Schools are becoming 'exam factories' which don't equip students for the world of work, claims CBI

 

Education Editor

Schools are in danger of becoming "exam factories" - churning out teenagers unable to cope with life beyond their gates, Britain's bosses warned yesterday.

The claim was made in the official response of the CBI, which represents 240,000 business, to exams regulator Ofqual over the Government's proposed GCSE and A-level reforms.

The CBI is particularly incensed at a proposal to stop marks from practical experiments in science subjects counting towards the final A-level grade. 

It believes the decision - taken by Ofqual because of concerns over cheating during experiments and bolstering from teachers - will devalue the exam in the eyes of employers. Teachers' leaders are also worried it will lead to fewer pupils taking what is seen as a vital subject for the future of the economy because they find it boring.

In its submission, the CBI says: "The current exam system risks turning schools into exam factories that are churning out people who are not sufficiently prepared for life outside the school gates."

Under the current proposals, practical experiments in the science laboratory will be assessed separately but the marks will not count towards A-level grades.

The CBI's document warns that businesses are "concerned that the examination system in place in recent years has placed young people on a continuous treadmill of assessment". Young people were "academically stretched" but failed to show "a series of behaviours and attitudes that are vital fir success - including determination, optimism and emotional intelligence".

The CBI welcomes key planks of the Government's proposals, including the move towards reliance on end-of-course exams in both GCSEs and A-levels, which they accept will give schools more space for creativity and "innovative thinking". However, it is adamant that the decision not to allow marks for lab experiments to count towards the final A-level grade is "a step in the wrong direction" and "not acceptable to bosses".

"Practical skills are vital to supporting a young person's progression into employment or higher education," it adds. 

It adds that the removal of the marks for coursework from the final grades "would be a significant step backwards and could undermine employers' confidence in the qualification".

The CBI is also worried that the changes will only be implemented in England and could pose employers with an awkward dilemma in determining the relevant merits of A-levels in England, Wales and Northern Ireland

Speaking at the North of England education conference in Nottingham, Neil Carberry, director of employment and skills at the CBI, said that the problem with the UK was that governments tended to think all they had to do was "change the exams system every couple of years and hope the rest (of the necessary reforms) would follow.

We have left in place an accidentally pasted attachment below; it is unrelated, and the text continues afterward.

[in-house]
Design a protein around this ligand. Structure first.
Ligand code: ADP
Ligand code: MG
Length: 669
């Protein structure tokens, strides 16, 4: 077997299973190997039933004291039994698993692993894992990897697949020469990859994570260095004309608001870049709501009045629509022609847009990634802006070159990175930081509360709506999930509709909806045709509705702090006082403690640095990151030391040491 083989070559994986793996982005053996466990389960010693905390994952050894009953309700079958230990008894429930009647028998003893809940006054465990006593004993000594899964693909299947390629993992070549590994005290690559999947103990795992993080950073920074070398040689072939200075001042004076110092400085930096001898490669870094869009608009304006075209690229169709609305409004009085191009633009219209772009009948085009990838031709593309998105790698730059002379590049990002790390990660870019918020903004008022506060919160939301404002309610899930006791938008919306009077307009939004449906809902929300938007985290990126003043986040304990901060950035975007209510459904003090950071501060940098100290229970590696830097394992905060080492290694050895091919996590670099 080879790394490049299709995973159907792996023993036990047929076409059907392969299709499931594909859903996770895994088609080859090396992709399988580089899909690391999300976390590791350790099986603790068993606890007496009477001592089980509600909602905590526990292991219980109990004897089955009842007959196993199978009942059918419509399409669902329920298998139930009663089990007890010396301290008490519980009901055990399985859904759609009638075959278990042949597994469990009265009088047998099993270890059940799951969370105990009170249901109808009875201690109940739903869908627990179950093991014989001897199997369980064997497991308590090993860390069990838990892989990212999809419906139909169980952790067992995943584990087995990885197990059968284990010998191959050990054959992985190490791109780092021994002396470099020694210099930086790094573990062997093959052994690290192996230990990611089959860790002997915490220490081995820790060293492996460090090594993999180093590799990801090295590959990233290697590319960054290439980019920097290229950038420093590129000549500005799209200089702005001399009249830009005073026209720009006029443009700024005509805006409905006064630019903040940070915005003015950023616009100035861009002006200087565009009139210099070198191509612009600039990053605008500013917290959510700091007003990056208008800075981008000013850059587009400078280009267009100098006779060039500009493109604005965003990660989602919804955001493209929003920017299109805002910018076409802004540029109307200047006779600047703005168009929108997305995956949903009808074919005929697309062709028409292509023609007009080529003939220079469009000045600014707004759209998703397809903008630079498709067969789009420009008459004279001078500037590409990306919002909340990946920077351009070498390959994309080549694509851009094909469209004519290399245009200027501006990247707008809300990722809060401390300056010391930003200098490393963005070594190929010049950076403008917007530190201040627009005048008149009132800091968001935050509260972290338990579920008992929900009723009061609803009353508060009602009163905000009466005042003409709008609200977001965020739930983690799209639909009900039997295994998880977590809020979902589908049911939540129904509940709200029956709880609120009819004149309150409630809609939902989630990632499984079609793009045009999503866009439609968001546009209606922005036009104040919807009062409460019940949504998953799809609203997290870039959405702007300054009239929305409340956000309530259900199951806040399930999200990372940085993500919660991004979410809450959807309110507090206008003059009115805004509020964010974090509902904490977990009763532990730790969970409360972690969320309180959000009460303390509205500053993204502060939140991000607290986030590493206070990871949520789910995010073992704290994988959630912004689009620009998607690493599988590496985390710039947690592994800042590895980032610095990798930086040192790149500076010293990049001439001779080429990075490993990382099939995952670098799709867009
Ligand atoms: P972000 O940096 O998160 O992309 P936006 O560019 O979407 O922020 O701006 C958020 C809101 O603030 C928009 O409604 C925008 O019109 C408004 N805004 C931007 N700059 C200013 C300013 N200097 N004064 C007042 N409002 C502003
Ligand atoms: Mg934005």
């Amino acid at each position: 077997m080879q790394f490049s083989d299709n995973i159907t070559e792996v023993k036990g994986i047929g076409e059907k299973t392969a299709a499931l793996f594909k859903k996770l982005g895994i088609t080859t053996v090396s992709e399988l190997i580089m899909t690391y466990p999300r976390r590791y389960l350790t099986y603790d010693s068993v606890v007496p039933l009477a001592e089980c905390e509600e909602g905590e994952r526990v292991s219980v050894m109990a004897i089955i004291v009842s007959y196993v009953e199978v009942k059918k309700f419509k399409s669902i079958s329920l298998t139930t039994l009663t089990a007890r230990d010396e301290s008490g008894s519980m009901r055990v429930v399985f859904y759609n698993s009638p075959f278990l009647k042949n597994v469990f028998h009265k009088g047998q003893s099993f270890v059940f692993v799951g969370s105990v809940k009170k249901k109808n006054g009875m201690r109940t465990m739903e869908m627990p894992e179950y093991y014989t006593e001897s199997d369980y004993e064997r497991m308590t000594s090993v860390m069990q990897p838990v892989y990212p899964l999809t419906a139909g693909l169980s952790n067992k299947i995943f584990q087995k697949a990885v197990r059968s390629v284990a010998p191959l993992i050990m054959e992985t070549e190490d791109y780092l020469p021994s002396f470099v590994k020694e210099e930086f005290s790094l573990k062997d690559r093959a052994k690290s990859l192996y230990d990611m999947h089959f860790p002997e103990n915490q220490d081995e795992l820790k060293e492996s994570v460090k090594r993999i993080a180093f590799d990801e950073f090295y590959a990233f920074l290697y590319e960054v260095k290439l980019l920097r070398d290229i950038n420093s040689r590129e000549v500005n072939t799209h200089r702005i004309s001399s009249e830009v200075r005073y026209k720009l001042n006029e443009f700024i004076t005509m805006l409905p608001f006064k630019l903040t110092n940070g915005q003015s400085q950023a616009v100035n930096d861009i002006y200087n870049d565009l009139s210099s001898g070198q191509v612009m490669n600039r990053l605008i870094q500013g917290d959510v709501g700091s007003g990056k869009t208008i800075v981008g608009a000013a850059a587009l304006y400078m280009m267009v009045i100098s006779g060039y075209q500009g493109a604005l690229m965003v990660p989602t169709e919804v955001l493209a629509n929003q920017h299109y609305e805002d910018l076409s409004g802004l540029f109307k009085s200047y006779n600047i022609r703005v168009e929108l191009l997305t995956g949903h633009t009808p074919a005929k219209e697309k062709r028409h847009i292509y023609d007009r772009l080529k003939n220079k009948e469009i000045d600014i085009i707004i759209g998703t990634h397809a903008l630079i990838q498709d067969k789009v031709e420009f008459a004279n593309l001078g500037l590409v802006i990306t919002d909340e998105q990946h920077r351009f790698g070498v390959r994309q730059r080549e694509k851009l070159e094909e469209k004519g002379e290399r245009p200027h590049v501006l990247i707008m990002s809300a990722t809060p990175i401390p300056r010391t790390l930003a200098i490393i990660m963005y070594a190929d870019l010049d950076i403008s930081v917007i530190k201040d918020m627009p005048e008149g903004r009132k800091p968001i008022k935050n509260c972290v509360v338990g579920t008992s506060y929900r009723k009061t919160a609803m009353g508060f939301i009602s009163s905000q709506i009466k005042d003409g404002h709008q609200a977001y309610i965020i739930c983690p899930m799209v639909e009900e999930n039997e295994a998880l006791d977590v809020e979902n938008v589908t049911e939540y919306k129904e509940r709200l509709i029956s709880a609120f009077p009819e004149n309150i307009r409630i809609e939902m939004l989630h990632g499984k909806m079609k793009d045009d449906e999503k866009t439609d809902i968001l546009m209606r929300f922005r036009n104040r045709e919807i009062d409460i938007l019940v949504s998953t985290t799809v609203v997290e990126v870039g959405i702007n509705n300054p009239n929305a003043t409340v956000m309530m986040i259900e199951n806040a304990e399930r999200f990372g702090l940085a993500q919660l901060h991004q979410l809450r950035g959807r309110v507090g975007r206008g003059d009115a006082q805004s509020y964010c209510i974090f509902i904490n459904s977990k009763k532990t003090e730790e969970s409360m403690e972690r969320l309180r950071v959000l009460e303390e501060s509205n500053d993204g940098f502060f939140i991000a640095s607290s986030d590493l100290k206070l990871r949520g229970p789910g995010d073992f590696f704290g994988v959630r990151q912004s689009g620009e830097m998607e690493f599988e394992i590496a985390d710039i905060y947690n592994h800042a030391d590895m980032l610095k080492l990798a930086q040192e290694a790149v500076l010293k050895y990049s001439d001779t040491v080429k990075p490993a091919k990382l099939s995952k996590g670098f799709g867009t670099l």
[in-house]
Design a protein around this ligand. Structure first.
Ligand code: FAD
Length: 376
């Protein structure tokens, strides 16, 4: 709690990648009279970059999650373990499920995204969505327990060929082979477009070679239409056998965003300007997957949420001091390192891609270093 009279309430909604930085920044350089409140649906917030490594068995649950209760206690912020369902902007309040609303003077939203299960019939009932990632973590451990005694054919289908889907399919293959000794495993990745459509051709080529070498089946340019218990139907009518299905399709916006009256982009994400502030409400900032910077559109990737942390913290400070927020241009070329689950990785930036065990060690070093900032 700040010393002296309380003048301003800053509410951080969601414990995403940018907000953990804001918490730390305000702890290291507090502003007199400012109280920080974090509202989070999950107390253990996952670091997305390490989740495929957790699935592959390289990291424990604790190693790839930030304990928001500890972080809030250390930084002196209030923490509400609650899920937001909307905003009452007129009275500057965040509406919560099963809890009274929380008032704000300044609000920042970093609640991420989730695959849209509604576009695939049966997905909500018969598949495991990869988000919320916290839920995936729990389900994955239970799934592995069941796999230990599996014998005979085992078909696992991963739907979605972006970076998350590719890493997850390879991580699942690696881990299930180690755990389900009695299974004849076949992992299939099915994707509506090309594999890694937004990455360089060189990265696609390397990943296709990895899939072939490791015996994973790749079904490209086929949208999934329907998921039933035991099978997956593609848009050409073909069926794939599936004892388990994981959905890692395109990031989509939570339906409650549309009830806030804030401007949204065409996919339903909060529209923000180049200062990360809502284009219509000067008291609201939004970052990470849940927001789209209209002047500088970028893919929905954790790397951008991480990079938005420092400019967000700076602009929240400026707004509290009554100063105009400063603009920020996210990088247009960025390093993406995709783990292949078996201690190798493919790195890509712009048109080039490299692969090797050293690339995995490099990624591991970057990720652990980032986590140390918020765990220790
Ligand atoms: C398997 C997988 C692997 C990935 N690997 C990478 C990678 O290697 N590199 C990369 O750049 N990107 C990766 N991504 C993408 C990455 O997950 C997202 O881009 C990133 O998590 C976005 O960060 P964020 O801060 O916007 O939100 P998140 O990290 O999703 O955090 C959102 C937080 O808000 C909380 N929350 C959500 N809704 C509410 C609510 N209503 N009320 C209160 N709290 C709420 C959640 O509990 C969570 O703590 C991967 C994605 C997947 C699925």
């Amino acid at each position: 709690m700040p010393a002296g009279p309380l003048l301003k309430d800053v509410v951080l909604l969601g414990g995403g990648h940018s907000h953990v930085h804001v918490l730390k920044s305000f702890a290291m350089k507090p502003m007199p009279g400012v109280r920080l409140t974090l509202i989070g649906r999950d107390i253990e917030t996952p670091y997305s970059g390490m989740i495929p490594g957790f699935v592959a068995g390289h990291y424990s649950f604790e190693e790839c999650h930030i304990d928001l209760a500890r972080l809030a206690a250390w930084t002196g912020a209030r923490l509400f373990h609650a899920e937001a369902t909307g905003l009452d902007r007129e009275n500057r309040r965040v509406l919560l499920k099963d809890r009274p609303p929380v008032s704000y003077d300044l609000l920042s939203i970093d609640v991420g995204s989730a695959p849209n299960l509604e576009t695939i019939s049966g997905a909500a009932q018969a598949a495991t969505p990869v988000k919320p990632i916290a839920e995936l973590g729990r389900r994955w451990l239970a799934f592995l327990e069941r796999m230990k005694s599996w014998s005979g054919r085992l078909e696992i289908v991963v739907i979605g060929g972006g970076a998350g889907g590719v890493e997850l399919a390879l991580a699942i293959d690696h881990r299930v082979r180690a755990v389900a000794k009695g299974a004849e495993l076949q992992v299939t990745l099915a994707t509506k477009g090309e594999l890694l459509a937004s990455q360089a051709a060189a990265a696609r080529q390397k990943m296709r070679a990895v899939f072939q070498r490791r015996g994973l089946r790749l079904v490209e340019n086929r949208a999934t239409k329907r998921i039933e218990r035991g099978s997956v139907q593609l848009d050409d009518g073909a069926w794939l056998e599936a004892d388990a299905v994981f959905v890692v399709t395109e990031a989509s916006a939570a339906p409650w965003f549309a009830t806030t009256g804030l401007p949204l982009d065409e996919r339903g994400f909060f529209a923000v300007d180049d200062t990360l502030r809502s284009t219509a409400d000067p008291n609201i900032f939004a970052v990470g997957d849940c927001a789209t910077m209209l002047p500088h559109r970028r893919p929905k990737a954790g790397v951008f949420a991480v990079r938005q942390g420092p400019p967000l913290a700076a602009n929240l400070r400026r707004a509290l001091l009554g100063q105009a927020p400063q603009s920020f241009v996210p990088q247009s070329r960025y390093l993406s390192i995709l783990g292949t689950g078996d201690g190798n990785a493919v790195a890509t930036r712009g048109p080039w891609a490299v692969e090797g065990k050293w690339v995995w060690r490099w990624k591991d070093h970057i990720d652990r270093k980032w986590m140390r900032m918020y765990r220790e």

He wanted to see an encouragement of "risk taking in schools", arguing it was necessary to avoid a situation where 18-year-olds "whose mums and dads and parents and friends can help them out" were the only ones who managed to get jobs.

While the CBI likes the Government's avowed policy of devolving power to schools, Mr Carberry said that he is not sure this was happening on the ground.

"Too often when you scratch the surface what you see is power not being devolved to schools, you see power move from the middle tier to the centre and schools scrabbling around to try and work out what they can and can't do and where they stand as regards accountability," he added.

In outlining the proposals, Ofqual said it was concerned about the possibility of cheating and teachers over-marking their pupils' work in science experiments.

Today is the final day for consultation over the plans.

Life and Style
“What is it like being a girl?” was the question on the lips of one inquisitive Reddit user this week
News
peopleDave Legeno, the actor who played werewolf Fenrir Greyback in the Harry Potter films, has died
Arts and Entertainment
Armando Iannucci, the creator of 'The Thick of It' says he has
tvArmando Iannucci to concentrate on US show Veep
Life and Style
beauty
PROMOTED VIDEO
Have you tried new the Independent Digital Edition apps?
News
ebookA unique anthology of reporting and analysis of a crucial period of history
Sport
Luis Suarez looks towards the crowd during the 2-1 victory over England
transfers
Life and Style
Swimsuit, £245, by Agent Provocateur
fashion

Diving in at the deep end is no excuse for shirking the style stakes

Sport
German supporters (left) and Argentina fans
world cup 2014Final gives England fans a choice between to old enemies
Arts and Entertainment
A still from the worldwide Dawn of the Planet of the Apes trailer debut
film
News
peopleMario Balotelli poses with 'shotgun' in controversial Instagram pic
News
A mugshot of Ian Watkins released by South Wales Police following his guilty pleas
peopleBandmates open up about abuse
Sport
Basketball superstar LeBron James gets into his stride for the Cleveland Cavaliers
sportNBA superstar announces decision to return to Cleveland Cavaliers
Sport
Javier Mascherano of Argentina tackles Arjen Robben of the Netherlands as he attempts a shot
world cup 2014
Arts and Entertainment
The successful ITV drama Broadchurch starring David Tenant and Olivia Coleman came to an end tonight
tv
Sport
Four ski officials in Slovenia have been suspended following allegations of results rigging